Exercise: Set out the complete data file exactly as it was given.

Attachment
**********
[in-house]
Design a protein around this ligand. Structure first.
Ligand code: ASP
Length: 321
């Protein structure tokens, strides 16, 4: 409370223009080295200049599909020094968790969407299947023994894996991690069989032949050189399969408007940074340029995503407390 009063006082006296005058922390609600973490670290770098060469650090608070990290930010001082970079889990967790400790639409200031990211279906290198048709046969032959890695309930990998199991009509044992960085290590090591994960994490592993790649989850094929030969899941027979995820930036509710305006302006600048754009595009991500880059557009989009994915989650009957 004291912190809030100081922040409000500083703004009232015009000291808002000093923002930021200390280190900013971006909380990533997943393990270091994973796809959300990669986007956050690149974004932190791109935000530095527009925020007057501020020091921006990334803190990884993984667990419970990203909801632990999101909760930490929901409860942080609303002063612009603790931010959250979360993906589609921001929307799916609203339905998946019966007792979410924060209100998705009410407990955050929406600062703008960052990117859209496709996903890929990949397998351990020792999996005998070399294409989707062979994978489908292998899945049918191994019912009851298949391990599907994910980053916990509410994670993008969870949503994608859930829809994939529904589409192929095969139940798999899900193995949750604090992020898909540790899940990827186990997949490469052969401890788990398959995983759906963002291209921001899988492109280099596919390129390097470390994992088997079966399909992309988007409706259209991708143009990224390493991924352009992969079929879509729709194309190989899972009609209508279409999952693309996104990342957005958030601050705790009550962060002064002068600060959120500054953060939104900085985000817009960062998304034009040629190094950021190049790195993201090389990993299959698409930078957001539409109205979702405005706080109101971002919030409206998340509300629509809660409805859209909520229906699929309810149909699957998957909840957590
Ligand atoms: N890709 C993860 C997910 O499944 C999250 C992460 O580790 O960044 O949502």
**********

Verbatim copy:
[in-house]
Design a protein around this ligand. Structure first.
Ligand code: ASP
Length: 321
């Protein structure tokens, strides 16, 4: 409370223009080295200049599909020094968790969407299947023994894996991690069989032949050189399969408007940074340029995503407390 009063006082006296005058922390609600973490670290770098060469650090608070990290930010001082970079889990967790400790639409200031990211279906290198048709046969032959890695309930990998199991009509044992960085290590090591994960994490592993790649989850094929030969899941027979995820930036509710305006302006600048754009595009991500880059557009989009994915989650009957 004291912190809030100081922040409000500083703004009232015009000291808002000093923002930021200390280190900013971006909380990533997943393990270091994973796809959300990669986007956050690149974004932190791109935000530095527009925020007057501020020091921006990334803190990884993984667990419970990203909801632990999101909760930490929901409860942080609303002063612009603790931010959250979360993906589609921001929307799916609203339905998946019966007792979410924060209100998705009410407990955050929406600062703008960052990117859209496709996903890929990949397998351990020792999996005998070399294409989707062979994978489908292998899945049918191994019912009851298949391990599907994910980053916990509410994670993008969870949503994608859930829809994939529904589409192929095969139940798999899900193995949750604090992020898909540790899940990827186990997949490469052969401890788990398959995983759906963002291209921001899988492109280099596919390129390097470390994992088997079966399909992309988007409706259209991708143009990224390493991924352009992969079929879509729709194309190989899972009609209508279409999952693309996104990342957005958030601050705790009550962060002064002068600060959120500054953060939104900085985000817009960062998304034009040629190094950021190049790195993201090389990993299959698409930078957001539409109205979702405005706080109101971002919030409206998340509300629509809660409805859209909520229906699929309810149909699957998957909840957590
Ligand atoms: N890709 C993860 C997910 O499944 C999250 C992460 O580790 O960044 O949502």